Jutta Weitz: At some point it just became: buy low, renovate and resell immediately. That led to a very different kind of commercialization. You could write off the purchases and renovations for tax purposes for up to 100 percent over ten years. That was a special rule. That paved the way for entirely new economic models.

Ben De Biel: Strange things began to happen in Mitte. Whenever Dorothee Dubrau, the District Councilor for Construction, would accidentally crash into a house. Then the house would have to be demolished. For example, that’s how the Elektro squat was torn down even though it wasn’t supposed to be.

Jutta Weitz: An excavator “accidentally” crashed into a side wing of Neue Schönhauser 10. It was vacant, sure, but there was no demolition permit. Then suddenly there was one.

Ben De Biel: In 1992 there was a fire in the attic of the apartment buildings next to the Tacheles. 40 or 50 people lost their homes.

Ludwig Eben: The fire department let both houses burn down. We became extremely agitated, so the firefighters called the police. The police actually got out of the car wearing Nazi helmets. A good shock, that was. They were just waiting for us to start a fight so that they could haul away the whole Tacheles crew. They saw squatters as enemies of the state. When the fire was out, the order came: “Water on!” The houses were then drenched. That way the fabric of the building was guaranteed to be ruined, and the oldest buildings in the Oranienburger Straße were taken from us. Eventually, they put a cardboard roof over it, which could hardly withstand the rain. In the end, everything was so destroyed that you could drill a hole into the wall with your finger. Then it had to be torn down—just so someone could put a hotel there.

Ben De Biel: Meanwhile, after the peoples’ first spending spree, the lights really went out in the East. Just as the people left their old GDR junk out on the street, the East German economy was abandoned. Soon, every other person was unemployed and broke.

Ludwig Eben: A typical scene: I’m in a small supermarket, and in front of me is a guy with a bottle of schnapps and two cans of dog food. He doesn’t have enough money, so he gives back the dog food. There were so many total alcoholics, utterly wasted, with bodies that were already completely trashed. They were the first people to disappear from Mitte.

Ben De Biel: There were countless state-sponsored work creation schemes. Tons of money was pumped into the social system.

Ludwig Eben: These were measures to tranquilize the population of the former East. People in yellow suits tore down the same factories where they used to work, and this was a job creation scheme! At the time, practically everyone at the Tacheles who could raise an arm got a state job repairing and rebuilding the Tacheles. They received between 1,300 and 2,000 Deutschmarks per month. However, most of the recipients were never there or were doing something else, so you couldn’t plan on them actually working. Only a third really tried to help establish an infrastructure in Tacheles. But we succeeded. By 1992 the place was firing on all cylinders: There was the Zapata, the Ständige Vertretung, theater productions, concerts and workshops open on both floors. They were used by artists who worked there. The building attracted hundreds of people daily. Suddenly everything started working! That was even more valuable for us than oil or diamonds.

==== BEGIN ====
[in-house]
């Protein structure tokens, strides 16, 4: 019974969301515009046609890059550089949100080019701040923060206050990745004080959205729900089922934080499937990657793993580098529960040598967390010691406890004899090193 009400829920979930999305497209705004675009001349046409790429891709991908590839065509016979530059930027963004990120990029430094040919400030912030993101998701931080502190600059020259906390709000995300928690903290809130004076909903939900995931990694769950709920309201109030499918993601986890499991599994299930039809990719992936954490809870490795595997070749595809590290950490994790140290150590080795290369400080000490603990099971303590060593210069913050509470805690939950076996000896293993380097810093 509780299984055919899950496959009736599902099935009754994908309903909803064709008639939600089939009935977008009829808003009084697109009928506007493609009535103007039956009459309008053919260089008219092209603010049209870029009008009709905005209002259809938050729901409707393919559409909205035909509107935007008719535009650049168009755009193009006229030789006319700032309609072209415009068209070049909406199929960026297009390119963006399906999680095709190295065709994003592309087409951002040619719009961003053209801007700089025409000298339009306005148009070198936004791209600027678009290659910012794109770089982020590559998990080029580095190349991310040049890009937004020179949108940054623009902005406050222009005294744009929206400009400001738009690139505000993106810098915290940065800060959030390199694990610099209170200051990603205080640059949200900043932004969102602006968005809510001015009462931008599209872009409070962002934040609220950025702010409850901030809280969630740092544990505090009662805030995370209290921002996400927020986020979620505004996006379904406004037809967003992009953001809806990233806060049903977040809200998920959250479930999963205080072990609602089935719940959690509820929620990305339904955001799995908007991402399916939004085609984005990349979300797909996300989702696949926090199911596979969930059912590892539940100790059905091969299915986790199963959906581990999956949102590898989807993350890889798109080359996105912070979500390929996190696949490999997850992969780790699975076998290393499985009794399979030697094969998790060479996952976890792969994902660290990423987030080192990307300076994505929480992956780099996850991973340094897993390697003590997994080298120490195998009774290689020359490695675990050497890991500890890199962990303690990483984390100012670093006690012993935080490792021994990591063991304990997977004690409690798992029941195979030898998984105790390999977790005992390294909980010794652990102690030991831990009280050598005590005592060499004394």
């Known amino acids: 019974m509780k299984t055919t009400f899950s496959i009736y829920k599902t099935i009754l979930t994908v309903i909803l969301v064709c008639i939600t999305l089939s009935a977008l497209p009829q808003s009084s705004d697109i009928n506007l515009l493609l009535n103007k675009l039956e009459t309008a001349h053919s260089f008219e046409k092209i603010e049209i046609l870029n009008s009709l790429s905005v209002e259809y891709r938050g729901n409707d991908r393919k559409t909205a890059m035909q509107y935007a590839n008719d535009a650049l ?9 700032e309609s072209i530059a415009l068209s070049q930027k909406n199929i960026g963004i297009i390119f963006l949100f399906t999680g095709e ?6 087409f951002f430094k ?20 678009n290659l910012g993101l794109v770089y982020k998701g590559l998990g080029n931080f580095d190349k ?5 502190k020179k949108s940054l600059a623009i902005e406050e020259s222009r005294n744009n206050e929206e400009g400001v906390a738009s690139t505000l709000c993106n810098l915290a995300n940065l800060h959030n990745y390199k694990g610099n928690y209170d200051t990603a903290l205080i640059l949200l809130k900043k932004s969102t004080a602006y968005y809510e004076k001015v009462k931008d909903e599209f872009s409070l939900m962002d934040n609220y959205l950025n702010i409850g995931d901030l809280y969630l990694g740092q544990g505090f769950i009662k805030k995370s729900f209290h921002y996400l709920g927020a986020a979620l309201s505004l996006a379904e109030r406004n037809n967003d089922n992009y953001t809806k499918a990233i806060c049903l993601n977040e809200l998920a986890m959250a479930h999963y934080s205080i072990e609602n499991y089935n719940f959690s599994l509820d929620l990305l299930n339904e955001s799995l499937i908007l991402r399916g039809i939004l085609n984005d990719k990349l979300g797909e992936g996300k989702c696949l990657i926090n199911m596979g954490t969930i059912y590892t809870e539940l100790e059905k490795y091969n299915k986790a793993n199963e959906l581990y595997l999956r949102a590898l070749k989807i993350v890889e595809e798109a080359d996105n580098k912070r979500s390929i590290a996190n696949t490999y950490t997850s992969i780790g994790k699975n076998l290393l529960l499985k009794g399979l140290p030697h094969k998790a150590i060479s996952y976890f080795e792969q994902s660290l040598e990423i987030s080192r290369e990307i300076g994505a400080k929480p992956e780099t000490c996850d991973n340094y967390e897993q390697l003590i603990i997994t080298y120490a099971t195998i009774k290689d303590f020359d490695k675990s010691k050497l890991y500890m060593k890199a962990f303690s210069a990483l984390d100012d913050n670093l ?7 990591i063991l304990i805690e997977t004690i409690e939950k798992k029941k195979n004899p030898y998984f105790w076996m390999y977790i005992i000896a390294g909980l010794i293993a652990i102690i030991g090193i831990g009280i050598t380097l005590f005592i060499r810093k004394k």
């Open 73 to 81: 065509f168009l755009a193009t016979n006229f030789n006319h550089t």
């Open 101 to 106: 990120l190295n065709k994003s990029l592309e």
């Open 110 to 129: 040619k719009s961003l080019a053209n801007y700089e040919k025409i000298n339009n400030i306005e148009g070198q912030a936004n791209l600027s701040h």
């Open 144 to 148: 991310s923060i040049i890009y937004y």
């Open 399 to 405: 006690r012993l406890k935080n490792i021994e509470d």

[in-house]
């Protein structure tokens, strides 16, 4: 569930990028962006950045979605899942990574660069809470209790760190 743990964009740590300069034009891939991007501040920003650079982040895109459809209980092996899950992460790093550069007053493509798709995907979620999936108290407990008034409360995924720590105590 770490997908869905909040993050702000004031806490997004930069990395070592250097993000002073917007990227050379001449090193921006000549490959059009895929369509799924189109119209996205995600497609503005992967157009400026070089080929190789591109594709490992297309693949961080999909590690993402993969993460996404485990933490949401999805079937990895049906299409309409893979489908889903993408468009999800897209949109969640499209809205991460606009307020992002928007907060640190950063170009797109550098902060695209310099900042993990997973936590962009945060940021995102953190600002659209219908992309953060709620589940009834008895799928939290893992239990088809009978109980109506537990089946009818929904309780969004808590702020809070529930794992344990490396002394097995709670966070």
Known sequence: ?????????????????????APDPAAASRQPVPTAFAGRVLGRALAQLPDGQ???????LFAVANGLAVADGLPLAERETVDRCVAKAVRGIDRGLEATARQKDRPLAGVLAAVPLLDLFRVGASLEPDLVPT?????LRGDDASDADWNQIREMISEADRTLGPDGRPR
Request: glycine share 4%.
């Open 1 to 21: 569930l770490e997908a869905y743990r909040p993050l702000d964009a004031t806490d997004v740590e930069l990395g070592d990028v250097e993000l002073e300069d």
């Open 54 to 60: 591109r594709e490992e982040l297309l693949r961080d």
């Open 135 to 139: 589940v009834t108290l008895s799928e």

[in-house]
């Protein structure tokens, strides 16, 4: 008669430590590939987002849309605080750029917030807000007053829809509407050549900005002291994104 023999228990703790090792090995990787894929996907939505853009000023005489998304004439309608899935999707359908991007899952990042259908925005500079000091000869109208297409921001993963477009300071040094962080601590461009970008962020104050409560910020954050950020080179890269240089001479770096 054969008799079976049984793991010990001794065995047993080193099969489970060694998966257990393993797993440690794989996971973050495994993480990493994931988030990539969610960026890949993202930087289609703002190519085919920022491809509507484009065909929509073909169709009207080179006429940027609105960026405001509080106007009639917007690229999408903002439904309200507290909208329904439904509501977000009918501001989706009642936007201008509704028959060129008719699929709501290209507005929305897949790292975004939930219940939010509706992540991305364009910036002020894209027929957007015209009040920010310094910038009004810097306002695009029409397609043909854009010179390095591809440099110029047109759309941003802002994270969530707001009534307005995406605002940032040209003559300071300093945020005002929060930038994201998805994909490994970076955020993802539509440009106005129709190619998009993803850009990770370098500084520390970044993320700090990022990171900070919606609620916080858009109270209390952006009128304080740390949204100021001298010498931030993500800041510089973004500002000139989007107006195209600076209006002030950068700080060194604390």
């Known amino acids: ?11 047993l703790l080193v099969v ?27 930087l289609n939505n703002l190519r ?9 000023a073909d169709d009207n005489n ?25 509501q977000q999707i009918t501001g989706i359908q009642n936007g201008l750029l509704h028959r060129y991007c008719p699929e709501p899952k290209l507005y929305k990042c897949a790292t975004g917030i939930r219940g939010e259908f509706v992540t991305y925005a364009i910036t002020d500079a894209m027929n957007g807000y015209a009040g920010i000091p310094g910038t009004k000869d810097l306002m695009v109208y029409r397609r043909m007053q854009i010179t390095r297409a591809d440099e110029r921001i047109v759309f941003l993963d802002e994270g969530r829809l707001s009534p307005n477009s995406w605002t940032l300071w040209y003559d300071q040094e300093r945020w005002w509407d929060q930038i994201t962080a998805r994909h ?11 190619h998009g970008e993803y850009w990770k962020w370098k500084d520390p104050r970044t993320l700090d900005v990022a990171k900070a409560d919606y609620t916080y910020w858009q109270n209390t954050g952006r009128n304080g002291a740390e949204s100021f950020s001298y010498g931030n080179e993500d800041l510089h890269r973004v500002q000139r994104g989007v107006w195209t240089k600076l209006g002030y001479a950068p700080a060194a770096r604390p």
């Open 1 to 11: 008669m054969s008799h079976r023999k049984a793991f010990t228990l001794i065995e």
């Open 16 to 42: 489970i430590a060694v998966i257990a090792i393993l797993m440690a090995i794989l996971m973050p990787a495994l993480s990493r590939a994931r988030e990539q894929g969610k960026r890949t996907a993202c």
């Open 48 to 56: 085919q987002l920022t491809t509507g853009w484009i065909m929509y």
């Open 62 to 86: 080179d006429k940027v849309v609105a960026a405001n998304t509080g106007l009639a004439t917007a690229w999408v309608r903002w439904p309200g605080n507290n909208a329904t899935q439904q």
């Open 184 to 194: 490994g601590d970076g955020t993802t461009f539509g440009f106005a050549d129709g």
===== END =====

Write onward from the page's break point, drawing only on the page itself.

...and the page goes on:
Reimund Spitzer: You could walk forever through Tacheles. It was like a trip.

Stefan Schilling: There was someone there with a big drum that shot out smoke with every hit. He’d take aim with a preference for people who didn’t yet know the effect. Or you’d walk into a room and hear all this loud laughter next door: People were filmed and the images were distorted into bizarre grimaces with a magnet on a TV screen in the next room. It was a way of laughing people’s egos down to size a bit. Joseph Beuys’ extended definition of art and social sculpture became the agenda of a whole generation, not only for artists that recognized explicit references. Suddenly, everyone was an artist and were focused on the creation of new social relationships.

Reimund Speitzer: The German Chainsaw Massacre by Christoph Schlingensief was showing at the cinema on the third floor, called Kino Angenehm (“Pleasant Cinema”). In the film, the fall of the Wall sets a West German butcher family into a murderous frenzy. They kill visiting GDR citizens in a seedy hotel kitchen. The sound system was insanely loud. There was a lot of yelling. They were yelling the whole time, actually.

Katrin Massmann: In a circus arena in the auditorium of the Tacheles, people wearing shiny bondage costumes were led around in chains. It was Bestia Pigra by the R.A.M.M. theater group. A woman with huge breasts was lowered down from above on a rope, accompanied by electronic sounds and aggressive texts.

Stefan Schilling: Suddenly a huge door opened, and in the room behind it a band was playing. Upside down. They were the Elektronauten, with Ben De Biel. It was like they were standing on the ceiling.

Alec Empire: For those who wanted to restore order, it was already a state of emergency. For us, it was zero gravity.

This article originally appeared in the Fall 2014 issue of Electronic Beats Magazine. Click here to read more from the magazine.

Published September 22, 2015. Words by Robert Defcon, photos by Ben de Biel.